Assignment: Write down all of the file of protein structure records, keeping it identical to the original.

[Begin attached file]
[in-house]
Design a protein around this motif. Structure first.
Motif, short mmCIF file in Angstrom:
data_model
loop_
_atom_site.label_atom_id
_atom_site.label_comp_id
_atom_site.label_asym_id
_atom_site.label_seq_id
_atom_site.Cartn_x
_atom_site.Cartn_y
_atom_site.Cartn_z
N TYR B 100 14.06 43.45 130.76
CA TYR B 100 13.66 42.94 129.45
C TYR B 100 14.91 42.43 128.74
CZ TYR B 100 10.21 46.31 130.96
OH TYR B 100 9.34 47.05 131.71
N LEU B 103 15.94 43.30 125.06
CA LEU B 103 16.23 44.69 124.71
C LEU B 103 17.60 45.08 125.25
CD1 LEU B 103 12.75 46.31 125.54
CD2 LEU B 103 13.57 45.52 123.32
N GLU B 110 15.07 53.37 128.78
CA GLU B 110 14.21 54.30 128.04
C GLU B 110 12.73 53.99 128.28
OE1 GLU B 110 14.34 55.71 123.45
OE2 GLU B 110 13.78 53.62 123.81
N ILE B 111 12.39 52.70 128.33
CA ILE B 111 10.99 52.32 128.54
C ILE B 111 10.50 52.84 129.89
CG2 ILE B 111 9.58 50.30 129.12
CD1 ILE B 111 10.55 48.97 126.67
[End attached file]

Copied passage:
[in-house]
Design a protein around this motif. Structure first.
Motif, short mmCIF file in Angstrom:
data_model
loop_
_atom_site.label_atom_id
_atom_site.label_comp_id
_atom_site.label_asym_id
_atom_site.label_seq_id
_atom_site.Cartn_x
_atom_site.Cartn_y
_atom_site.Cartn_z
N TYR B 100 14.06 43.45 130.76
CA TYR B 100 13.66 42.94 129.45
C TYR B 100 14.91 42.43 128.74
CZ TYR B 100 10.21 46.31 130.96
OH TYR B 100 9.34 47.05 131.71
N LEU B 103 15.94 43.30 125.06
CA LEU B 103 16.23 44.69 124.71
C LEU B 103 17.60 45.08 125.25
CD1 LEU B 103 12.75 46.31 125.54
CD2 LEU B 103 13.57 45.52 123.32
N GLU B 110 15.07 53.37 128.78
CA GLU B 110 14.21 54.30 128.04
C GLU B 110 12.73 53.99 128.28
OE1 GLU B 110 14.34 55.71 123.45
OE2 GLU B 110 13.78 53.62 123.81
N ILE B 111 12.39 52.70 128.33
CA ILE B 111 10.99 52.32 128.54
C ILE B 111 10.50 52.84 129.89
CG2 ILE B 111 9.58 50.30 129.12
CD1 ILE B 111 10.55 48.97 126.67